Several years ago, when perusing through the Harvard Coop, I found and fell in love with Emily Post’s Etiquette.  I asked for and received the 18th edition for Christmas that year and have since enjoyed skimming through it here and there and consulting it with particular etiquette questions when they arise.  A recent goal of mine has been to read Etiquette from cover to cover, and to hold myself accountable to this goal, I am going to incorporate Monday Manners posts onto this blog.  Each post will address a thought or topic that was inspired by what I read in Emily Post’s cream and turquoise beauty. 

It took the entire two-page introduction for me to know exactly what I wanted to write my first Monday Manners post about.  In her introduction, Emily (I know that my edition of Etiquette is written by Post’s descendants, but I like to pay homage to the Queen of Manners, and also to pretend that we are dear friends, on a first-name-basis) names the fundamental principles of good etiquette: respect, consideration, and honesty.  Manners are fluid, but they all rest on these three foundational qualities that enable us to interact thoughtfully with all of the people whom we encounter.  In my experience, acting with respect, consideration and honesty is much easier in some situations — and with some people — than in others.  Read more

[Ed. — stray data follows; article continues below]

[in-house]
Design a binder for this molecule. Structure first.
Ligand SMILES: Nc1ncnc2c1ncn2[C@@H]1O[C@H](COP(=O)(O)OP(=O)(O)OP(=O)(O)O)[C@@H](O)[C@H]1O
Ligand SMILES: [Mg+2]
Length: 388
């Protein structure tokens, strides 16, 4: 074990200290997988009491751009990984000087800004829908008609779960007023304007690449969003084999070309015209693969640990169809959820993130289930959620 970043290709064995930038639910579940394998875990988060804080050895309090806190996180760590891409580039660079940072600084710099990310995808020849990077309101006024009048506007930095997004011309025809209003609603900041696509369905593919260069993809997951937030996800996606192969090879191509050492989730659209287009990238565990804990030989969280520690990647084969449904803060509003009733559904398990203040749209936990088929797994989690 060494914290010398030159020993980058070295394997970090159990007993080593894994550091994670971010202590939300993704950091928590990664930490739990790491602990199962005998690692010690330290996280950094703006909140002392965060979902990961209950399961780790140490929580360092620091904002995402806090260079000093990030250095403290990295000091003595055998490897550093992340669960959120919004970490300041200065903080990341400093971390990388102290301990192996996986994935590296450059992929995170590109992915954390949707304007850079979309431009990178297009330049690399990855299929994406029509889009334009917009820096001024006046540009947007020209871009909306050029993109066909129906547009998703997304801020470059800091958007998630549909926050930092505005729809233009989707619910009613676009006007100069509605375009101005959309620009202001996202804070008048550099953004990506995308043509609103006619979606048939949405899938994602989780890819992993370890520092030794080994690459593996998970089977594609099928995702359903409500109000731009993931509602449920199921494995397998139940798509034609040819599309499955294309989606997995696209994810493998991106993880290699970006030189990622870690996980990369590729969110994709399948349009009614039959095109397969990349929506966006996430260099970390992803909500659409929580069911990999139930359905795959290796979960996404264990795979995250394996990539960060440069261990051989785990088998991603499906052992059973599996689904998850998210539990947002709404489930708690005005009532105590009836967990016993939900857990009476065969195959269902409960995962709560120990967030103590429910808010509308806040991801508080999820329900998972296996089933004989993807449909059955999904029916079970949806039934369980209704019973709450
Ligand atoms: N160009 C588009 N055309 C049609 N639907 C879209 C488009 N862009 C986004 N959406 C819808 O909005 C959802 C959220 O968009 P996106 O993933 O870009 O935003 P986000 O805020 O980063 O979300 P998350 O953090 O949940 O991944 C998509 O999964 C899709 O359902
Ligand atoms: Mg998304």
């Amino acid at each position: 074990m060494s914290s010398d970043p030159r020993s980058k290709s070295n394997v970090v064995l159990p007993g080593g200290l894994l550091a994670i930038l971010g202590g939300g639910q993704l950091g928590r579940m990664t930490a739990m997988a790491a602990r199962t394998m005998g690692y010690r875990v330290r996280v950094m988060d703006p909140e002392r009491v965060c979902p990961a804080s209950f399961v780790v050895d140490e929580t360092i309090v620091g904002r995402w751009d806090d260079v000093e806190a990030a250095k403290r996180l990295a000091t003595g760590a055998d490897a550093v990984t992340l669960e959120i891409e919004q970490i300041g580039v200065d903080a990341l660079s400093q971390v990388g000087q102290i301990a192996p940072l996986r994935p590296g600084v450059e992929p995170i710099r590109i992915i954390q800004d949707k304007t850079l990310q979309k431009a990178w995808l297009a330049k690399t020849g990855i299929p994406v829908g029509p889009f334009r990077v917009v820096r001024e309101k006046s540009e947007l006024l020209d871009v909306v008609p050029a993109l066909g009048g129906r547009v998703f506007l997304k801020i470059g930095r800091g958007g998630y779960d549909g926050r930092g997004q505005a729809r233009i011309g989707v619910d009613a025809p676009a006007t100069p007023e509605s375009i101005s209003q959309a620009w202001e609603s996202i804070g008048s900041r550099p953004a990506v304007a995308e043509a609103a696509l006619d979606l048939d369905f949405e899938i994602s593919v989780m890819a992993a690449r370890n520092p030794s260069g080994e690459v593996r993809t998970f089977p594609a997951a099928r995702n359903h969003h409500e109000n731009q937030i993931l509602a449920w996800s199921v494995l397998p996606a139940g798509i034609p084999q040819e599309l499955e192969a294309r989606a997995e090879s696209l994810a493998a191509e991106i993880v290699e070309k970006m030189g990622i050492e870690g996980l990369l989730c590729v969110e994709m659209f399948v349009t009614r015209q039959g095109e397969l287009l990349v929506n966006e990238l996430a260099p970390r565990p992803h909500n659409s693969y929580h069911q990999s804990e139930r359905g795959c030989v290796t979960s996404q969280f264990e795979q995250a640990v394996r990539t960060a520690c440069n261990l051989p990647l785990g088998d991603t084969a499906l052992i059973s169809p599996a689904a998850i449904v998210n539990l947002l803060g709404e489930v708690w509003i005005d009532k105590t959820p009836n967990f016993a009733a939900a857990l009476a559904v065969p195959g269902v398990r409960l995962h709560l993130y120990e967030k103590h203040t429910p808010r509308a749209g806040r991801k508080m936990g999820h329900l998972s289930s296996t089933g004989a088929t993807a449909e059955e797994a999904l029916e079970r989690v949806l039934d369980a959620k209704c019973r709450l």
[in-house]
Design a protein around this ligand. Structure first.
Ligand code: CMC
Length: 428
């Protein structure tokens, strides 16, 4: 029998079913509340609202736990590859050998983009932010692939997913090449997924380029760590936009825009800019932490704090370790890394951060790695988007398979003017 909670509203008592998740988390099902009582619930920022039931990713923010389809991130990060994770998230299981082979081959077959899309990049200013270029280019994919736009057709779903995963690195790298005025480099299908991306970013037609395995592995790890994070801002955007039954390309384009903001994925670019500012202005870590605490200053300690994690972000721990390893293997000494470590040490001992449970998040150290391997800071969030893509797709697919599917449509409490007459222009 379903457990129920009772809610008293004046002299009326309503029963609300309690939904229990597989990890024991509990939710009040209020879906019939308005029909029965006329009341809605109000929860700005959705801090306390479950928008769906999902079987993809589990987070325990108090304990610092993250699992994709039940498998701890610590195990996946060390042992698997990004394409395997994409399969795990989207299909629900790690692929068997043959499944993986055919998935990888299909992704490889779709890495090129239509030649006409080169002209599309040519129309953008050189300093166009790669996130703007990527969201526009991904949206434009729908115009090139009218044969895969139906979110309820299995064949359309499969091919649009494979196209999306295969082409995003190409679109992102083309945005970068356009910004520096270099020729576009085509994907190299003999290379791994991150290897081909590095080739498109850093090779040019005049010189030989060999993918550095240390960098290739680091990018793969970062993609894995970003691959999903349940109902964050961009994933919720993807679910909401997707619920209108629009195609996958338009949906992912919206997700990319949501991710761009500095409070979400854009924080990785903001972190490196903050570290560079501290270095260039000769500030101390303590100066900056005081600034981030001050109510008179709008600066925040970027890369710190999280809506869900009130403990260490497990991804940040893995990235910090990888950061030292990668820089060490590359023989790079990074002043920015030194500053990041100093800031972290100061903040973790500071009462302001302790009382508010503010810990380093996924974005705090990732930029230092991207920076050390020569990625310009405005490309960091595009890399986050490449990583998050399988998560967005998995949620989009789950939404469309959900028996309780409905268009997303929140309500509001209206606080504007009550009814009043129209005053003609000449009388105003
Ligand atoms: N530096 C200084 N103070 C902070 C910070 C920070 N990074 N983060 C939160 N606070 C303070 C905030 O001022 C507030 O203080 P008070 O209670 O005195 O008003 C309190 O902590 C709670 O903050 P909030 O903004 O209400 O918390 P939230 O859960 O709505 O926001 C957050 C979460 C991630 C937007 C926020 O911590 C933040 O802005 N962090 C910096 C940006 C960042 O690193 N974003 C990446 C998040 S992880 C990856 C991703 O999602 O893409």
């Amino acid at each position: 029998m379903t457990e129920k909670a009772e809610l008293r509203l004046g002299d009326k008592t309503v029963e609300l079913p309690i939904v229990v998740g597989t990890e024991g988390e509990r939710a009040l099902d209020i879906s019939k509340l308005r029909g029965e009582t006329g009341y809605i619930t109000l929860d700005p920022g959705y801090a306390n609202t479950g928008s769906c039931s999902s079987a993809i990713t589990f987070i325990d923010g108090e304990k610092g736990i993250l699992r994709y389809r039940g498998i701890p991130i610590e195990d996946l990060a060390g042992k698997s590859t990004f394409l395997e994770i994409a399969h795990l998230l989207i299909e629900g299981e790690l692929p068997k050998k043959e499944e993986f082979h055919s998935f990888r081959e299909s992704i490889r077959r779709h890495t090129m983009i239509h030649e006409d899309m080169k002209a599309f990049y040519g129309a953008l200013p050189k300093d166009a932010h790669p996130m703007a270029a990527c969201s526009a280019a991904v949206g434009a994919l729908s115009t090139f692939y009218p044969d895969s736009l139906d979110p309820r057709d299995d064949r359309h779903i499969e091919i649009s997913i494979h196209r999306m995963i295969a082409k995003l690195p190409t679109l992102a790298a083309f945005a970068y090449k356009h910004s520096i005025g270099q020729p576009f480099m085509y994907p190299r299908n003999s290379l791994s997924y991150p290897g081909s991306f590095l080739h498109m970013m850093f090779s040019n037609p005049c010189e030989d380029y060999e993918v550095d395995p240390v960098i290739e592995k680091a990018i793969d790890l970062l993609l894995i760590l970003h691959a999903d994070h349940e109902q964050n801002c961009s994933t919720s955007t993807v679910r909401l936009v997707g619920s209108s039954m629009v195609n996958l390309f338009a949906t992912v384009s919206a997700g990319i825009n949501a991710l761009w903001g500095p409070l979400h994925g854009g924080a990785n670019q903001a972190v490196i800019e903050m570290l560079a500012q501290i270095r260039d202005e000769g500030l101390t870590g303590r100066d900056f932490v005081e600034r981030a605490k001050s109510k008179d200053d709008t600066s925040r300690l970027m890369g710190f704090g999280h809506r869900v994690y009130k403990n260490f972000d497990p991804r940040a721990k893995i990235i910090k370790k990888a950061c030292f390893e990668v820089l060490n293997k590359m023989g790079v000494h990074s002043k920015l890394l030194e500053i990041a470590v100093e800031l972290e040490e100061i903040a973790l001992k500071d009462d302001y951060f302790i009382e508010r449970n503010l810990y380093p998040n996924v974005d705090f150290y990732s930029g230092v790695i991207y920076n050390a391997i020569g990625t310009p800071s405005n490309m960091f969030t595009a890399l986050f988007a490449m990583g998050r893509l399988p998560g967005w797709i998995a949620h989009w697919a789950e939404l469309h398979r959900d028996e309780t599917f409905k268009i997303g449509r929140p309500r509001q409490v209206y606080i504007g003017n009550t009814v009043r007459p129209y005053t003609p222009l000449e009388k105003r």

Slowing Down

red doorI have neither read nor had the particular desire to read anything by Marcel Proust, and yet, when Gretchen Rubin (one of my favorite contemporary authors) recommended Alain du Button’s How Proust Can Change Your Life in her monthly book club blog post, I was drawn to the title.  I am glad that I was.  Offering historical information, humor, and bites of wisdom, this easy-to-read blend of literary biography and self-help was a gem.  I gained a tremendous appreciation for Proust without having to slog through his seven volumes of In Search of Lost Time, which I also tremendously appreciated.